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Volume 3, Issue 4 (Journal of Ergonomics 2016)                   Iran J Ergon 2016, 3(4): 1-10 | Back to browse issues page

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Zamanian Z, Roshan Sarvestani M, Sedaghati M, Ghatmiri M, Kouhnavard B. Assessment of the Relation between Subjective Workload and Job Satisfaction in University Faculty and Staff. Iran J Ergon. 2016; 3 (4) :1-10
URL: http://journal.iehfs.ir/article-1-217-en.html
1- School of Public Health, Student Research Committee, Shahid Sadoughi University of Medical Sciences and Health Services, Yazd, Iran. , bahramk2011@gmail.com
Abstract:   (16433 Views)

Introduction: Faculty and staff are the pillars of any university. Any impairment in the function of these elements would undoubtedly decrease the quality of education and training services provided. The present study aimed to assess the relationship between subjective workload and job satisfaction in faculty and staff members of universities of medical sciences and universities affiliated to the Ministry of Science, Research, and Technology.

Materials and Methods: This descriptive-analytical study recruited 164 faculty and staff members. Data were collected using a demographic questionnaire, NASA Task Load Index (NASA TLX), and the Job Description Index (JDI). One-way analysis of variance (ANOVA) was applied to analyze the data.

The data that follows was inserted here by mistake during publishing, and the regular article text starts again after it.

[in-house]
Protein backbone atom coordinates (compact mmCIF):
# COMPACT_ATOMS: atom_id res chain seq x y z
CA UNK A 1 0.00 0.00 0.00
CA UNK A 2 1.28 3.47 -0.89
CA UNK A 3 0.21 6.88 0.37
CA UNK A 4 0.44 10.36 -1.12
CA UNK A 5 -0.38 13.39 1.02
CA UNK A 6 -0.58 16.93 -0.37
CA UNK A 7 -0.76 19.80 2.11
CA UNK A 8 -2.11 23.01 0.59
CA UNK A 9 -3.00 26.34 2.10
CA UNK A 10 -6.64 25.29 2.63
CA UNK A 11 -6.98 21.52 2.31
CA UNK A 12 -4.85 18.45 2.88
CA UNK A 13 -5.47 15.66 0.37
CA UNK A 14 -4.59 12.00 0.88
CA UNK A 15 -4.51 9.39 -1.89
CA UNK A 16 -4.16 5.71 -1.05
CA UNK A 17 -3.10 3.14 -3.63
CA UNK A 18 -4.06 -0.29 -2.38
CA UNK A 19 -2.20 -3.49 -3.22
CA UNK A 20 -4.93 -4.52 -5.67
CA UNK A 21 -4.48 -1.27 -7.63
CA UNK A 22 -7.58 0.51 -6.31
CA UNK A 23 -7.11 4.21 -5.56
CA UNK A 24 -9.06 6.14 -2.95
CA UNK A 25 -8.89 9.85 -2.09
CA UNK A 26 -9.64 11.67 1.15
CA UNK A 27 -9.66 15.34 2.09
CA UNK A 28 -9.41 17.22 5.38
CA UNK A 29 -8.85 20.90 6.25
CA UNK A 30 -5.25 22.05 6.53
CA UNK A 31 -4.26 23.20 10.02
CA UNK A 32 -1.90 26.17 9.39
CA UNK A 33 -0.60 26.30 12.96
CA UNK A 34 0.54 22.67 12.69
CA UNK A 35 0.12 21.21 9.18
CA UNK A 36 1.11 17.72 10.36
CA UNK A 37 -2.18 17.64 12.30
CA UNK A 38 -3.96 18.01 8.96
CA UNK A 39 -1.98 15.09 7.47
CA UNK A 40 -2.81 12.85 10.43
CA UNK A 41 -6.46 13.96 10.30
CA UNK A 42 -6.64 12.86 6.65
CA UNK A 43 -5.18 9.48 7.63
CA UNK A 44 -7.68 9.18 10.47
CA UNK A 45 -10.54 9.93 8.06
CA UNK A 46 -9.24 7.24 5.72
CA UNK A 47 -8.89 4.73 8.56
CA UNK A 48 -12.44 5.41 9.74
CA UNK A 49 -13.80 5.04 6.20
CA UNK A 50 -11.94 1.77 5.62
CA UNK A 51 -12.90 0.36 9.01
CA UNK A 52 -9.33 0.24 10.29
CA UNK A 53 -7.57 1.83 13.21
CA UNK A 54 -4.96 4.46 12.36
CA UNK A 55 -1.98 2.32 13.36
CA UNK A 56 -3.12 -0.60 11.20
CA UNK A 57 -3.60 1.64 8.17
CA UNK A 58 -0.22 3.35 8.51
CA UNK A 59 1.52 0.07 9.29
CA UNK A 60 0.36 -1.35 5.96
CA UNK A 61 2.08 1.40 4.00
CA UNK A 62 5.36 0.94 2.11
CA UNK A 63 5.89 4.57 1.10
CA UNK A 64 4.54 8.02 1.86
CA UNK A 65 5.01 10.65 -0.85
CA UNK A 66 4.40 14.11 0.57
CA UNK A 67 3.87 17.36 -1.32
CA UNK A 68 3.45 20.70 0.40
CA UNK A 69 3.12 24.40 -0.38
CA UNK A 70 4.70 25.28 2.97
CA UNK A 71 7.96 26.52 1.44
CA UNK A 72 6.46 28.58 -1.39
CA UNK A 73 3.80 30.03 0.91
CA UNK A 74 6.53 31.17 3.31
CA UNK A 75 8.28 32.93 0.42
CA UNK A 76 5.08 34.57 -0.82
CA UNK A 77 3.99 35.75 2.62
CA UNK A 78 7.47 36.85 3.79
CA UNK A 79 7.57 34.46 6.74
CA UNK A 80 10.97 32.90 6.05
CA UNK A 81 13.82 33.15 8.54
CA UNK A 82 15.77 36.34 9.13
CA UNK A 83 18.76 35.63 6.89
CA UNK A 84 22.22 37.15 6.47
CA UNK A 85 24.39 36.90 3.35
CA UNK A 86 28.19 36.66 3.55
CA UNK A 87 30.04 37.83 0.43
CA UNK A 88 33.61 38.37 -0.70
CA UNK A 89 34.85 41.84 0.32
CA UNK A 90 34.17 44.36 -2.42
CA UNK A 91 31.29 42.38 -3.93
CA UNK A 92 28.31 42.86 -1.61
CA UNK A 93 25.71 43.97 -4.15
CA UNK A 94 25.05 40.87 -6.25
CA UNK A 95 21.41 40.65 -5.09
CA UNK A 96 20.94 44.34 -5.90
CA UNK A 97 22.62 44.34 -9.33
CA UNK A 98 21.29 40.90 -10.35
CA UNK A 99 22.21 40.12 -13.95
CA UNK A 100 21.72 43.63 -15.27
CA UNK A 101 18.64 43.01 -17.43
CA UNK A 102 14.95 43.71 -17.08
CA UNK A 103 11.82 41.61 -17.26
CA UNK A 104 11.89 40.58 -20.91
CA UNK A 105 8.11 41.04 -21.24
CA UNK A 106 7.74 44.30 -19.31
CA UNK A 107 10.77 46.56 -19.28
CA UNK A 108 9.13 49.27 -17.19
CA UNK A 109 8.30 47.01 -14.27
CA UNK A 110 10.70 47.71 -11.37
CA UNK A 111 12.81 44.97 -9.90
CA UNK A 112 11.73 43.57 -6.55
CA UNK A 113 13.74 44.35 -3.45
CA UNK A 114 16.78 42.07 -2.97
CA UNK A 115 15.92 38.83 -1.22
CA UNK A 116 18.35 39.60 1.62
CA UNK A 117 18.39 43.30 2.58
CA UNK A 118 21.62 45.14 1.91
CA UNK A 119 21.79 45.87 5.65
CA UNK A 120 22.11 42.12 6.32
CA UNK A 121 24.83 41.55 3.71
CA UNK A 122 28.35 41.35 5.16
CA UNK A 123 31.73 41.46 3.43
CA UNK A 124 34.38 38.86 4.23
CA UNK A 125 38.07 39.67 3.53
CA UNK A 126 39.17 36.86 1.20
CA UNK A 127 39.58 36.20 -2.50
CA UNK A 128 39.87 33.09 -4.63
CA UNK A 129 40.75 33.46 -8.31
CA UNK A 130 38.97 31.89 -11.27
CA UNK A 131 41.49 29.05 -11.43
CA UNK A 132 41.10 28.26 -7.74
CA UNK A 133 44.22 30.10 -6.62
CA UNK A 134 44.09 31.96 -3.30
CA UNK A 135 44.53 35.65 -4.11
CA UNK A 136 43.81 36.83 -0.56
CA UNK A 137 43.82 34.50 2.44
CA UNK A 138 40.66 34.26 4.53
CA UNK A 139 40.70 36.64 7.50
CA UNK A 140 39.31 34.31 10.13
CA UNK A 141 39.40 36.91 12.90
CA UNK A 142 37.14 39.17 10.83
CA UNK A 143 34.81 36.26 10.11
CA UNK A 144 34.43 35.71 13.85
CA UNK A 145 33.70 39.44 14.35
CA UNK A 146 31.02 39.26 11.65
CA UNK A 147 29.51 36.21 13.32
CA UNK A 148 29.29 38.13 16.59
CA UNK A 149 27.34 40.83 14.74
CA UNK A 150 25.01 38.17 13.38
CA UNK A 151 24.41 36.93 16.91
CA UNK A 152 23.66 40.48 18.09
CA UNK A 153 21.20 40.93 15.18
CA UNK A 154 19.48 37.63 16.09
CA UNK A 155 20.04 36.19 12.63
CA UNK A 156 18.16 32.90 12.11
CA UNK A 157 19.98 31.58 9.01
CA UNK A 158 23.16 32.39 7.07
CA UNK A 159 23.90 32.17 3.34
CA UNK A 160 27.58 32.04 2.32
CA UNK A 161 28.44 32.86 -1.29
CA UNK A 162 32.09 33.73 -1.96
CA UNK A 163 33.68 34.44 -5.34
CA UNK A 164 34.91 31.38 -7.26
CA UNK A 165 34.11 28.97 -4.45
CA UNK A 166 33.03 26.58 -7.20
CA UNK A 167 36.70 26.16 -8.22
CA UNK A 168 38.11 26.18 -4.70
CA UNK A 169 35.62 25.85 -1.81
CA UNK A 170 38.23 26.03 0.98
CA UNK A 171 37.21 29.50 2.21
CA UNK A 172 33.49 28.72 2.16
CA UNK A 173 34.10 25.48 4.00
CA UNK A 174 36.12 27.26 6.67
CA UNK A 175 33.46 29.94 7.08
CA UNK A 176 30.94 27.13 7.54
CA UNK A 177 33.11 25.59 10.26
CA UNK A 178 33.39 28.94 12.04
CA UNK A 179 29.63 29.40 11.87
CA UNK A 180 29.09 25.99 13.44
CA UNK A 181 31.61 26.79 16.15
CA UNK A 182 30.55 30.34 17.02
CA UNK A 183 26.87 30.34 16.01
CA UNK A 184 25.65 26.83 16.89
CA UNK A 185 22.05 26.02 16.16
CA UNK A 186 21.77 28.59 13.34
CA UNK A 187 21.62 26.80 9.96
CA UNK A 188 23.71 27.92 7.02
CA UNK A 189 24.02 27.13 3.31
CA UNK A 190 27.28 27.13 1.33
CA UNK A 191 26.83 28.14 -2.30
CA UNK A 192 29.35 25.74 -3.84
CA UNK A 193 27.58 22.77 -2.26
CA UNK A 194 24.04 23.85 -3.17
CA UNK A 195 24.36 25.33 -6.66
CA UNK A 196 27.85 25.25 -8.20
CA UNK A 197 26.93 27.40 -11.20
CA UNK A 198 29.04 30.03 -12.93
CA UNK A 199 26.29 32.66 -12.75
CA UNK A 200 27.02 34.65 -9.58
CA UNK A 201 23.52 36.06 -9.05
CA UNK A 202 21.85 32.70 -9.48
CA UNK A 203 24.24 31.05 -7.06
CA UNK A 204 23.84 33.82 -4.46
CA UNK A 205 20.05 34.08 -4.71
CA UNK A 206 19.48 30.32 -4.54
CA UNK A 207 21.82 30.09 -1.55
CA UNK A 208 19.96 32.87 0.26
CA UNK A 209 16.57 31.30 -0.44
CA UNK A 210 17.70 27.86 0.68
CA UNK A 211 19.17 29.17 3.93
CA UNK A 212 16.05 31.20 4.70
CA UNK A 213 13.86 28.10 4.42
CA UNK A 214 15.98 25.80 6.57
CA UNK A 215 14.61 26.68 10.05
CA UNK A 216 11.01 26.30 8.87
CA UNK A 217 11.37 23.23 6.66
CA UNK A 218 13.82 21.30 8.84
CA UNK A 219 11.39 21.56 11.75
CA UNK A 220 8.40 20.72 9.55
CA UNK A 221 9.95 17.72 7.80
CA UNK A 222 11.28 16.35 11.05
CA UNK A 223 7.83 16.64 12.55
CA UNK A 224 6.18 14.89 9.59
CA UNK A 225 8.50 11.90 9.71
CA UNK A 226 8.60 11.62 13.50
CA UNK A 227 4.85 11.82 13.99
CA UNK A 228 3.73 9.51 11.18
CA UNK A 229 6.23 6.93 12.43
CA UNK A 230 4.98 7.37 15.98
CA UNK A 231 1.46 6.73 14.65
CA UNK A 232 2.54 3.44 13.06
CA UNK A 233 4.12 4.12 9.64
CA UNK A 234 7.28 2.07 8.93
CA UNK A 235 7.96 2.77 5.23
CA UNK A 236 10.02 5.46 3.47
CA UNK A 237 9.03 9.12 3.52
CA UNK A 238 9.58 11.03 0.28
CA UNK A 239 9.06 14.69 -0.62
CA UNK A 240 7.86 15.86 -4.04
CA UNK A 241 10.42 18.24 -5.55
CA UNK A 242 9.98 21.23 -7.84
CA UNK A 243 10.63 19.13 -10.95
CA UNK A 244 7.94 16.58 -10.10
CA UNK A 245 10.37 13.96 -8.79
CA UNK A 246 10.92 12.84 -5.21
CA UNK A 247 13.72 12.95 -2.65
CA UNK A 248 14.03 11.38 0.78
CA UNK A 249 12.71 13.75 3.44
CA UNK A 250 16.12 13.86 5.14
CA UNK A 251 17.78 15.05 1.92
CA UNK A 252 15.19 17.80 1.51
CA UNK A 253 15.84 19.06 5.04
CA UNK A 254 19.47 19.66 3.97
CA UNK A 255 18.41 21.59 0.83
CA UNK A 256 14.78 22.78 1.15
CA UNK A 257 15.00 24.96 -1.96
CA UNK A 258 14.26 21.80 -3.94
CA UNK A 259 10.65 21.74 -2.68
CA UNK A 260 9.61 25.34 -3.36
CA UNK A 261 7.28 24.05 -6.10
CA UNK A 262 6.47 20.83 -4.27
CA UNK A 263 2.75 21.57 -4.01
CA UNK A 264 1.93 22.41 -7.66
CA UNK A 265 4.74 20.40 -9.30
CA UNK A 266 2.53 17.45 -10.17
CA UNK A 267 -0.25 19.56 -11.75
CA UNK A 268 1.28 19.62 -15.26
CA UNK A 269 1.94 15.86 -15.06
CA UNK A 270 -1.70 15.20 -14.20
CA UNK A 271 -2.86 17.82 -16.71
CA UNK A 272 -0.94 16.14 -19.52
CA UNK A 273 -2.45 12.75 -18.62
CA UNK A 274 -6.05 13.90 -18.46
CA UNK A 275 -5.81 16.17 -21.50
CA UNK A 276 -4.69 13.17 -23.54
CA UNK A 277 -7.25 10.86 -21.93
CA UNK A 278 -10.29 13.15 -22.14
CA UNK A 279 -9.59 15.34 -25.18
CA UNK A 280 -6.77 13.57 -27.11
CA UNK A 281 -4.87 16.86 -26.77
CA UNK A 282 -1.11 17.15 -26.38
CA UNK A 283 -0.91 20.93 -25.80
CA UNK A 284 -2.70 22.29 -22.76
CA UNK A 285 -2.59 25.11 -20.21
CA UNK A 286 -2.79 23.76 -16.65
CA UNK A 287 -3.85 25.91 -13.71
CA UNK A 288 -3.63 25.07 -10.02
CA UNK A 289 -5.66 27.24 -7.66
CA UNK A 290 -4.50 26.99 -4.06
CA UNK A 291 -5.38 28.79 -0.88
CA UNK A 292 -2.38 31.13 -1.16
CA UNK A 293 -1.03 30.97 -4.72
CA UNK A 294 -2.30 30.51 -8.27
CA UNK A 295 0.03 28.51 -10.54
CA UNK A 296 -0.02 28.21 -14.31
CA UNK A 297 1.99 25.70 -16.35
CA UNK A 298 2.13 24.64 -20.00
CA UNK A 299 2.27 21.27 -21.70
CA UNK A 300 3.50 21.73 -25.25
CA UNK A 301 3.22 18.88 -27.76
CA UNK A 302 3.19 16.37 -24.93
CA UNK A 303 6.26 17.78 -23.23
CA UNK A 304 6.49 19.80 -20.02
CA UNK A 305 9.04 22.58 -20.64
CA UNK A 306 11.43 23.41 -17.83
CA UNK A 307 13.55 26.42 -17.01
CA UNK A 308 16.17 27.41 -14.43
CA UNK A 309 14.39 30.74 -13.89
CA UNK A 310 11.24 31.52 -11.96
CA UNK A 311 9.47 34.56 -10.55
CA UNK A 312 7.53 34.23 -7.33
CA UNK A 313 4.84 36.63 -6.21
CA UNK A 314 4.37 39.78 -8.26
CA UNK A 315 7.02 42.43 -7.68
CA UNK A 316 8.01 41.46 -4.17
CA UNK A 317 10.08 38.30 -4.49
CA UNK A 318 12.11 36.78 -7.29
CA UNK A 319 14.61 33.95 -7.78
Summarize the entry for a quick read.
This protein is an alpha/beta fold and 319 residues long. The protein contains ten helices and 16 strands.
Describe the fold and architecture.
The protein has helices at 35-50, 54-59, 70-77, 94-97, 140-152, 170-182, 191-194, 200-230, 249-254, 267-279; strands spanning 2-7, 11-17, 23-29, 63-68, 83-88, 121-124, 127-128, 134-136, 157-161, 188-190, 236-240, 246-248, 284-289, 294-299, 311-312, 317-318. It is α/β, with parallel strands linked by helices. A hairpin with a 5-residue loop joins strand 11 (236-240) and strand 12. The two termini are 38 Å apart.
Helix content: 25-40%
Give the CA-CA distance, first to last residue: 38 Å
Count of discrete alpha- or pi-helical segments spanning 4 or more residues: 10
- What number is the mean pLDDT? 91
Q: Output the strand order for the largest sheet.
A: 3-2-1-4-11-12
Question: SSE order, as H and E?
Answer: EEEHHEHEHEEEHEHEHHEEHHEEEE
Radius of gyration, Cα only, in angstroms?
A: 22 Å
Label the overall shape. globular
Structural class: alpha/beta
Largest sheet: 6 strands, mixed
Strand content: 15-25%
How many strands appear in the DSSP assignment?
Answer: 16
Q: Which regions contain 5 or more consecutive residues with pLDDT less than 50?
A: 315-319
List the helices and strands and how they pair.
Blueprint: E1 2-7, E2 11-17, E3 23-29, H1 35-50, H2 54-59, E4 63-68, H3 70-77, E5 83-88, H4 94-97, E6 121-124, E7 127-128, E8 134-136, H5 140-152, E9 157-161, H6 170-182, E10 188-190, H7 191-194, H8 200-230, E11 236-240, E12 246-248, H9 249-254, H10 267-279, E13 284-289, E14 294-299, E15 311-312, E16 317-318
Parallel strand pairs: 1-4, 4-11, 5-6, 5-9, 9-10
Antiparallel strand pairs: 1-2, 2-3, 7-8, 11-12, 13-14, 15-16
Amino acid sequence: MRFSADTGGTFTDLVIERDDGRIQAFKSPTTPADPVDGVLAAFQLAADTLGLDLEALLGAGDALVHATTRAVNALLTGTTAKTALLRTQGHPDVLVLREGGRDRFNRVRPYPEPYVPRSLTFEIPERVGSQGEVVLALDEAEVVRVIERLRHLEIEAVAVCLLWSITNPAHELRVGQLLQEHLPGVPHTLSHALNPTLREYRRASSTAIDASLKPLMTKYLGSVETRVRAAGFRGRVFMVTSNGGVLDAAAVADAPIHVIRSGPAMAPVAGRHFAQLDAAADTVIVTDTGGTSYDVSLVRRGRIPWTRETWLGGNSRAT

Findings: The participants’ workload had no significant effects on their job satisfaction. Faculty members generally had a heavier workload and lower level of job satisfaction compared to staff members. Moreover, faculty of universities of medical sciences had higher workload and lower levels of job satisfaction (14.5% vs. 30.76%) in comparison to faculty of universities affiliated to the Ministry of Science, Research, and Technology. Moreover, 14.5% of the medical faculty members and 30.76% of science faculty members were satisfied with their jobs. Overall, job satisfaction and workload were not significantly related with demographic characteristics and job features of the participants.

Conclusion: Among the various subscales of workload, faculty members reported high levels of subjective pressure, time pressure, and effort. Therefore, further studies are required to identify the causes of such pressures and introduce measures for their reduction or elimination.

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Type of Study: Research |
Received: 2015/07/7 | Accepted: 2016/02/22 | ePublished: 2016/02/22

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